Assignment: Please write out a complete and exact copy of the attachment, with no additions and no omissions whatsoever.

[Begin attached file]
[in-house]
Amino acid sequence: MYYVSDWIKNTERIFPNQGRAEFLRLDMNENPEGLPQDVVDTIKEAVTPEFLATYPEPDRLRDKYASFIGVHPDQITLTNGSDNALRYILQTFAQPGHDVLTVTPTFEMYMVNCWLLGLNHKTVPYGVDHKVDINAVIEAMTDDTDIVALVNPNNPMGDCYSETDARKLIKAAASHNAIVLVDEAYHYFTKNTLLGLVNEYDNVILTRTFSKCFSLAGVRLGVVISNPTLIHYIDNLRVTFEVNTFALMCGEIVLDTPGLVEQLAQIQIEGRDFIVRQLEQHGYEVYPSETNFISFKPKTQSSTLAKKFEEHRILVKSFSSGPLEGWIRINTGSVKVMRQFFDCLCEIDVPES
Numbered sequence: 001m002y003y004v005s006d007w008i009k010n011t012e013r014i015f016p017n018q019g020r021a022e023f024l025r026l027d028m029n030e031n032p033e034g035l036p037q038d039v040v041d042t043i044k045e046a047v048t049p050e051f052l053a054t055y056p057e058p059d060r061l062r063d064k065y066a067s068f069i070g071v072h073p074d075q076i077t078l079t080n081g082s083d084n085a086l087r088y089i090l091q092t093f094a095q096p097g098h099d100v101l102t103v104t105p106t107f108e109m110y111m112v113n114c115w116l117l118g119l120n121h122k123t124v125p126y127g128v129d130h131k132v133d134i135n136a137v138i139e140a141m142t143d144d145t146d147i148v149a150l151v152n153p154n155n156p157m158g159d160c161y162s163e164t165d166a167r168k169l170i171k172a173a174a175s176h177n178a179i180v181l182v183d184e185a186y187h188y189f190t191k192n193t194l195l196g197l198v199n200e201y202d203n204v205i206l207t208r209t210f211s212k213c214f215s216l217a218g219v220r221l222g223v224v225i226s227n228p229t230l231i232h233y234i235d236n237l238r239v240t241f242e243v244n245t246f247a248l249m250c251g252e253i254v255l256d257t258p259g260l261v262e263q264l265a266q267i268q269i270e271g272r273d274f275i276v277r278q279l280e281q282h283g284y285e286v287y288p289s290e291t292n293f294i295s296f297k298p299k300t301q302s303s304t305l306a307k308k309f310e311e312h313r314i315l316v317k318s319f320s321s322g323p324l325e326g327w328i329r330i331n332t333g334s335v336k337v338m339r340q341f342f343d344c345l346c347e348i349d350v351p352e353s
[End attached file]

[in-house]
Amino acid sequence: MYYVSDWIKNTERIFPNQGRAEFLRLDMNENPEGLPQDVVDTIKEAVTPEFLATYPEPDRLRDKYASFIGVHPDQITLTNGSDNALRYILQTFAQPGHDVLTVTPTFEMYMVNCWLLGLNHKTVPYGVDHKVDINAVIEAMTDDTDIVALVNPNNPMGDCYSETDARKLIKAAASHNAIVLVDEAYHYFTKNTLLGLVNEYDNVILTRTFSKCFSLAGVRLGVVISNPTLIHYIDNLRVTFEVNTFALMCGEIVLDTPGLVEQLAQIQIEGRDFIVRQLEQHGYEVYPSETNFISFKPKTQSSTLAKKFEEHRILVKSFSSGPLEGWIRINTGSVKVMRQFFDCLCEIDVPES
Numbered sequence: 001m002y003y004v005s006d007w008i009k010n011t012e013r014i015f016p017n018q019g020r021a022e023f024l025r026l027d028m029n030e031n032p033e034g035l036p037q038d039v040v041d042t043i044k045e046a047v048t049p050e051f052l053a054t055y056p057e058p059d060r061l062r063d064k065y066a067s068f069i070g071v072h073p074d075q076i077t078l079t080n081g082s083d084n085a086l087r088y089i090l091q092t093f094a095q096p097g098h099d100v101l102t103v104t105p106t107f108e109m110y111m112v113n114c115w116l117l118g119l120n121h122k123t124v125p126y127g128v129d130h131k132v133d134i135n136a137v138i139e140a141m142t143d144d145t146d147i148v149a150l151v152n153p154n155n156p157m158g159d160c161y162s163e164t165d166a167r168k169l170i171k172a173a174a175s176h177n178a179i180v181l182v183d184e185a186y187h188y189f190t191k192n193t194l195l196g197l198v199n200e201y202d203n204v205i206l207t208r209t210f211s212k213c214f215s216l217a218g219v220r221l222g223v224v225i226s227n228p229t230l231i232h233y234i235d236n237l238r239v240t241f242e243v244n245t246f247a248l249m250c251g252e253i254v255l256d257t258p259g260l261v262e263q264l265a266q267i268q269i270e271g272r273d274f275i276v277r278q279l280e281q282h283g284y285e286v287y288p289s290e291t292n293f294i295s296f297k298p299k300t301q302s303s304t305l306a307k308k309f310e311e312h313r314i315l316v317k318s319f320s321s322g323p324l325e326g327w328i329r330i331n332t333g334s335v336k337v338m339r340q341f342f343d344c345l346c347e348i349d350v351p352e353s